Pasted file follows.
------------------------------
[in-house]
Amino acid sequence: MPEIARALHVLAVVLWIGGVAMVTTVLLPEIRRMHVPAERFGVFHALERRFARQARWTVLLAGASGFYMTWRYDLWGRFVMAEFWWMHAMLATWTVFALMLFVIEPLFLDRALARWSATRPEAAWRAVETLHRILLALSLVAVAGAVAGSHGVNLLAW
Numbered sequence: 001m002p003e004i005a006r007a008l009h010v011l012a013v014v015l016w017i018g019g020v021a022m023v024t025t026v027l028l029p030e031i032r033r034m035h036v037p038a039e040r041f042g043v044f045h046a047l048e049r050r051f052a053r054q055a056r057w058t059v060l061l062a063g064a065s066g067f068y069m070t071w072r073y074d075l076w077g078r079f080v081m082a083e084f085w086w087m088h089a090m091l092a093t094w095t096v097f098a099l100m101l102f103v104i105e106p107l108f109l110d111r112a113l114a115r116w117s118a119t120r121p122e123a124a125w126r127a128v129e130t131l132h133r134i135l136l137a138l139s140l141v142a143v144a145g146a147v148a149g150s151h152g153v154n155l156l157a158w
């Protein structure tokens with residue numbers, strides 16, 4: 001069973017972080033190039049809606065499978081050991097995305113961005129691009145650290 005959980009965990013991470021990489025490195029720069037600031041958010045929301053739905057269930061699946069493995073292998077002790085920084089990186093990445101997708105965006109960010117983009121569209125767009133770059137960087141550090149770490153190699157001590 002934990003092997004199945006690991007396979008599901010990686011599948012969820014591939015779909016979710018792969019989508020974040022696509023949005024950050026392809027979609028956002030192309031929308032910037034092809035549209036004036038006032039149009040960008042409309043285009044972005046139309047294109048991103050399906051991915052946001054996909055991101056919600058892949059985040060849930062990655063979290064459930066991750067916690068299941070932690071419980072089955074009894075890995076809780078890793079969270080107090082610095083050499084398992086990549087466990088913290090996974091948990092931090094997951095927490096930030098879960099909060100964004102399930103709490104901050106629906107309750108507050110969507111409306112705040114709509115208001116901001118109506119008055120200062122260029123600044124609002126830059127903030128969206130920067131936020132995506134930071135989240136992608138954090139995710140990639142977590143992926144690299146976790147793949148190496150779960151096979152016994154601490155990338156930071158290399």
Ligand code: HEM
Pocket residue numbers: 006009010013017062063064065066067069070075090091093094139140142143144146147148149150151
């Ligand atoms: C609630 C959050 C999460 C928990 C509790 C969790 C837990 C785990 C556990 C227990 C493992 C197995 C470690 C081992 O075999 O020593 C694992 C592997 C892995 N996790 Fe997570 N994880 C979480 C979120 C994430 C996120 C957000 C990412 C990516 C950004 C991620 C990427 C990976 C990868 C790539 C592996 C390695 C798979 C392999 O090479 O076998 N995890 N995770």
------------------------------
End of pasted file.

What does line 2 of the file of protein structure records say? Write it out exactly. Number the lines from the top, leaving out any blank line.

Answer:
Amino acid sequence: MPEIARALHVLAVVLWIGGVAMVTTVLLPEIRRMHVPAERFGVFHALERRFARQARWTVLLAGASGFYMTWRYDLWGRFVMAEFWWMHAMLATWTVFALMLFVIEPLFLDRALARWSATRPEAAWRAVETLHRILLALSLVAVAGAVAGSHGVNLLAW